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Restricted Diet Lowers Triglycerides in Fatty Liver

TUESDAY, April 26 (HealthDay News) -- Restricted intake of carbohydrates or calories for two weeks significantly reduces hepatic triglycerides in individuals with nonalcoholic fatty liver disease (NAFLD), according to a study published in the May issue of The American Journal of Clinical Nutrition.

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Diabetes Patients Benefit From Amlodipine Titration

TUESDAY, April 26 (HealthDay News) -- An amlodipine/olmesartan medoxomil (OM)-based titration regimen is well tolerated and may reduce blood pressure (BP) in patients with hypertension and type 2 diabetes, according to a study published in the May 1 issue of The American Journal of Cardiology.

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Those With HIV at Higher Risk for Heart Failure

TUESDAY, April 26 (HealthDay News) -- Individuals with HIV may be at higher risk for heart failure, particularly if they have higher levels of ongoing viral replication, according to research published in the April 25 issue of the Archives of Internal Medicine.

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Mortality Rate in Adults With Hypertension Has Fallen

TUESDAY, April 26 (HealthDay News) -- The all-cause mortality rate among hypertensive adults has dropped in recent decades, but the mortality gap between adults with and without hypertension has remained constant, according to research published in the April 26 issue of Circulation.

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Tai Chi Benefits Heart Failure Patients

TUESDAY, April 26 (HealthDay News) -- Tai chi may improve quality of life, exercise self-efficacy, and mood in people with chronic systolic heart failure, according to research published in the April 26 issue of the Archives of Internal Medicine.

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Risk Taking Similar in Very Obese, Normal Weight Teens

MONDAY, April 25 (HealthDay News) -- High school students (HSS) with extreme obesity appear to engage in risky behaviors at a rate similar to that of their healthy weight peers, with higher rates of some high-risk behaviors, according to research published online April 25 in Pediatrics.

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Good Diagnostic Value of Prospective ECG Scans

MONDAY, April 25 (HealthDay News) -- Patients who undergo dual-source computed tomography (DSCT) prospective electrocardiogram (ECG)-triggered protocols have similar scores as those undergoing DSCT retrospective ECG-gated protocols, according to a study published in the May 1 issue of The American Journal of Cardiology.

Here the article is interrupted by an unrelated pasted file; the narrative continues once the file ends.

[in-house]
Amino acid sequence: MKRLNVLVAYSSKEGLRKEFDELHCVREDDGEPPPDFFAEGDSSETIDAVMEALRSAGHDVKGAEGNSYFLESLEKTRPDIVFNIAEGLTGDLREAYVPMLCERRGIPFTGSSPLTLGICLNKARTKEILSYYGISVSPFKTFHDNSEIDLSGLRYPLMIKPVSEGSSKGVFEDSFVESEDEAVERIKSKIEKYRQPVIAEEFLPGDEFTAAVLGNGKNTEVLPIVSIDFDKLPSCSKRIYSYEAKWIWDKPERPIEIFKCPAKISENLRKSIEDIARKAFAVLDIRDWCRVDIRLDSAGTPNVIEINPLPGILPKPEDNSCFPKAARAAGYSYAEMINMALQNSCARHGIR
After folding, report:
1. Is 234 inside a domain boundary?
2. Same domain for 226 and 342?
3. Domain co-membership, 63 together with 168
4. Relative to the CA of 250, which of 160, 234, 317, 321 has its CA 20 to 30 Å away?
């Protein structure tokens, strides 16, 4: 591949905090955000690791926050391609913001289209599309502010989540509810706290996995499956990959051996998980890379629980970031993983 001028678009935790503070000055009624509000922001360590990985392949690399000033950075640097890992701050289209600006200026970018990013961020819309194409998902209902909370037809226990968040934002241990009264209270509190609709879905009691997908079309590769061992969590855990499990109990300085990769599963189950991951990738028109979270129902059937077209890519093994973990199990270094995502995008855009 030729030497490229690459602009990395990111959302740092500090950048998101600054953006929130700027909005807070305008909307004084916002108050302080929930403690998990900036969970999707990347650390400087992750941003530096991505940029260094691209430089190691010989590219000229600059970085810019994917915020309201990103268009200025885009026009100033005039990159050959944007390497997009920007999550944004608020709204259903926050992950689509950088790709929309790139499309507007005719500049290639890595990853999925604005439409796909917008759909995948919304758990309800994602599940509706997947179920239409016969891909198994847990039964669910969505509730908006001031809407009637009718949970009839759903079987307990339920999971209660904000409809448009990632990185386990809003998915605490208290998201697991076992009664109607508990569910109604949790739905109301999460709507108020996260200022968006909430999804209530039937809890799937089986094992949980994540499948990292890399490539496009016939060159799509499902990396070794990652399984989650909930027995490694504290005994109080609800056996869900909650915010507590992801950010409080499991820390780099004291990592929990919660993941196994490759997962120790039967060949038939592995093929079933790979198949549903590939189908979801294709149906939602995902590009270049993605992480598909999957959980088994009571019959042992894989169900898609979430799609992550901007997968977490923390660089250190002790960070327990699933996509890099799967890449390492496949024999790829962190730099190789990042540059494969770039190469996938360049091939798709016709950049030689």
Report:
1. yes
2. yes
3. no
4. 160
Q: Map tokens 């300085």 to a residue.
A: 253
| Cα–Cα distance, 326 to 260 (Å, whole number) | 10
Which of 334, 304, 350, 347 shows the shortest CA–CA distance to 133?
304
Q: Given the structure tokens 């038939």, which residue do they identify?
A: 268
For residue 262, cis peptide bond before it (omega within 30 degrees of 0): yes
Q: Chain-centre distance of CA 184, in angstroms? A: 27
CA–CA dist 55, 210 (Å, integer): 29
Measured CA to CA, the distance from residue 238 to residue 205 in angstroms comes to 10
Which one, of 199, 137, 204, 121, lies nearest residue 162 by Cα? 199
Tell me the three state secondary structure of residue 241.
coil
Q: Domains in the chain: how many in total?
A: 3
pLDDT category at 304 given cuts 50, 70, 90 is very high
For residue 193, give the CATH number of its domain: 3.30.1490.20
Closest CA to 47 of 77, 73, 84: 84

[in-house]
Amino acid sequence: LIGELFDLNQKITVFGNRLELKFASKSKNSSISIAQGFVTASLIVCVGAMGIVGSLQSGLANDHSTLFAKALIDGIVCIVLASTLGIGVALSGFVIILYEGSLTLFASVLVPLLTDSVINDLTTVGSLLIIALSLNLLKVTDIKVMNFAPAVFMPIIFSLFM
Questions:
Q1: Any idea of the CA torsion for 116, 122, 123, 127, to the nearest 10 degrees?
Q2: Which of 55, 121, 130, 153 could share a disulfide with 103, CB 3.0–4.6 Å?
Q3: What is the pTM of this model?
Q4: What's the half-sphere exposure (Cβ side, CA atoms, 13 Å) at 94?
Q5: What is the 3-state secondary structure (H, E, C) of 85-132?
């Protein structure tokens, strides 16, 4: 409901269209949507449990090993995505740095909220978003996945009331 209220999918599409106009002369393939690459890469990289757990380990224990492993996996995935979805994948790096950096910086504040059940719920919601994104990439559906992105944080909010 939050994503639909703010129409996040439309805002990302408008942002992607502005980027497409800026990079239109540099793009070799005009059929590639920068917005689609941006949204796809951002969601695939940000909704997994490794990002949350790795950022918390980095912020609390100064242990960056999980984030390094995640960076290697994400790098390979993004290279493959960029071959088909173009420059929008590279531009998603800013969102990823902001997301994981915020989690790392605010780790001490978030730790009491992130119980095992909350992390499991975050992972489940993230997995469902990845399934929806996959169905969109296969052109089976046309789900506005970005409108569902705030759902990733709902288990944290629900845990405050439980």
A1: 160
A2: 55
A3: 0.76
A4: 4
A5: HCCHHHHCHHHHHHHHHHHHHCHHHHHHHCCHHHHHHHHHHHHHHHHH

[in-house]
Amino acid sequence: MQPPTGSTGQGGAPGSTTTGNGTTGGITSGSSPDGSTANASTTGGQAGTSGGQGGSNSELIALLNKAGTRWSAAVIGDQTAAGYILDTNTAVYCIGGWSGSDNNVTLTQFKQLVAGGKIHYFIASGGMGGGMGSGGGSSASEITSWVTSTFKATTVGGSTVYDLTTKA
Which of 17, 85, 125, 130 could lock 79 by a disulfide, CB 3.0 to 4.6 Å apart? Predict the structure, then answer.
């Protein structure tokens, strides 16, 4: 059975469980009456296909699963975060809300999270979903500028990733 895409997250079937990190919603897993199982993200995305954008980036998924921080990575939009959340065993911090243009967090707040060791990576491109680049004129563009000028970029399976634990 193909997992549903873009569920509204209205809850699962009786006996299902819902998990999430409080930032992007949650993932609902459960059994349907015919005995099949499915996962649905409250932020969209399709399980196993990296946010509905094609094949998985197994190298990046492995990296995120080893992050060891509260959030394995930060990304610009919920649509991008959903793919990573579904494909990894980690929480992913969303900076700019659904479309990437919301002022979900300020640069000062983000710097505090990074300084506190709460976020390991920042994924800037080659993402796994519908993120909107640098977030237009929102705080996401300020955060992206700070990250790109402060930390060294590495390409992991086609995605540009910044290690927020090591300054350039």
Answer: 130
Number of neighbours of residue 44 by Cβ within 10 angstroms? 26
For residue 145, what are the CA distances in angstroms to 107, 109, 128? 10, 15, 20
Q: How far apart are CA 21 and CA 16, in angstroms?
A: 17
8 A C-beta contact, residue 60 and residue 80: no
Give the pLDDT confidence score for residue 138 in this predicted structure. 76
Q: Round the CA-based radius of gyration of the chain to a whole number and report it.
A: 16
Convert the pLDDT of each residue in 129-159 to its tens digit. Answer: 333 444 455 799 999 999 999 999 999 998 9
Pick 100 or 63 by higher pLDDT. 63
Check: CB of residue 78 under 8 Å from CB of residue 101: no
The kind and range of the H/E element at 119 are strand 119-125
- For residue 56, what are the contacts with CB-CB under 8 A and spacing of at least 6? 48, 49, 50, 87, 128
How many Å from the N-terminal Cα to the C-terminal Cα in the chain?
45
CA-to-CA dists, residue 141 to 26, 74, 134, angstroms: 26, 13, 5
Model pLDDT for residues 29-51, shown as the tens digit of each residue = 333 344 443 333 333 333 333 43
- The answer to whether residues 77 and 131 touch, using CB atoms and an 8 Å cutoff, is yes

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Getting Right Amount of Sleep May Help With Weight Loss

MONDAY, April 25 (HealthDay News) -- Sleeping between six and eight hours a night and having less stress may predict an individual's success in a behavioral weight loss intervention, according to a study published online March 29 in the International Journal of Obesity.

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Hypertension Drugs Tied to Risk of Cancer Recurrence

MONDAY, April 25 (HealthDay News) -- Angiotensin-converting enzyme inhibitors (ACEi) appear to be associated with an elevated risk of breast cancer recurrence in women, while beta blockers (BBs) seem to have a protective effect, according to a study published online April 11 in Breast Cancer Research and Treatment.

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Brief, Intense Exercise May Have Cardioprotective Role

FRIDAY, April 22 (HealthDay News) -- Brief, intense exercise is a time-efficient alternative to traditional endurance training and reduces the level of various markers of cardiovascular diseases (CVD) in adolescents, according to a study published online April 4 in the American Journal of Human Biology.

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Studies Add to Evidence on Clot Risk Tied to Contraceptives

FRIDAY, April 22 (HealthDay News) -- Oral contraceptives containing drospirenone appear to be associated with a higher risk of non-fatal venous thromboembolism than formulations containing levonorgestrel, according to two studies published online April 21 in BMJ.

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Kidney Disease Common in Very Elderly, Tied to CVD

FRIDAY, April 22 (HealthDay News) -- Chronic kidney disease (CKD) appears to be quite prevalent in octogenarians and may be linked with cardiovascular disease (CVD), though different formulas used to assess prevalence provide different results, according to research published online April 21 in the Clinical Journal of the American Society of Nephrology.

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CDC: Half of States Have Smoke-Free Policies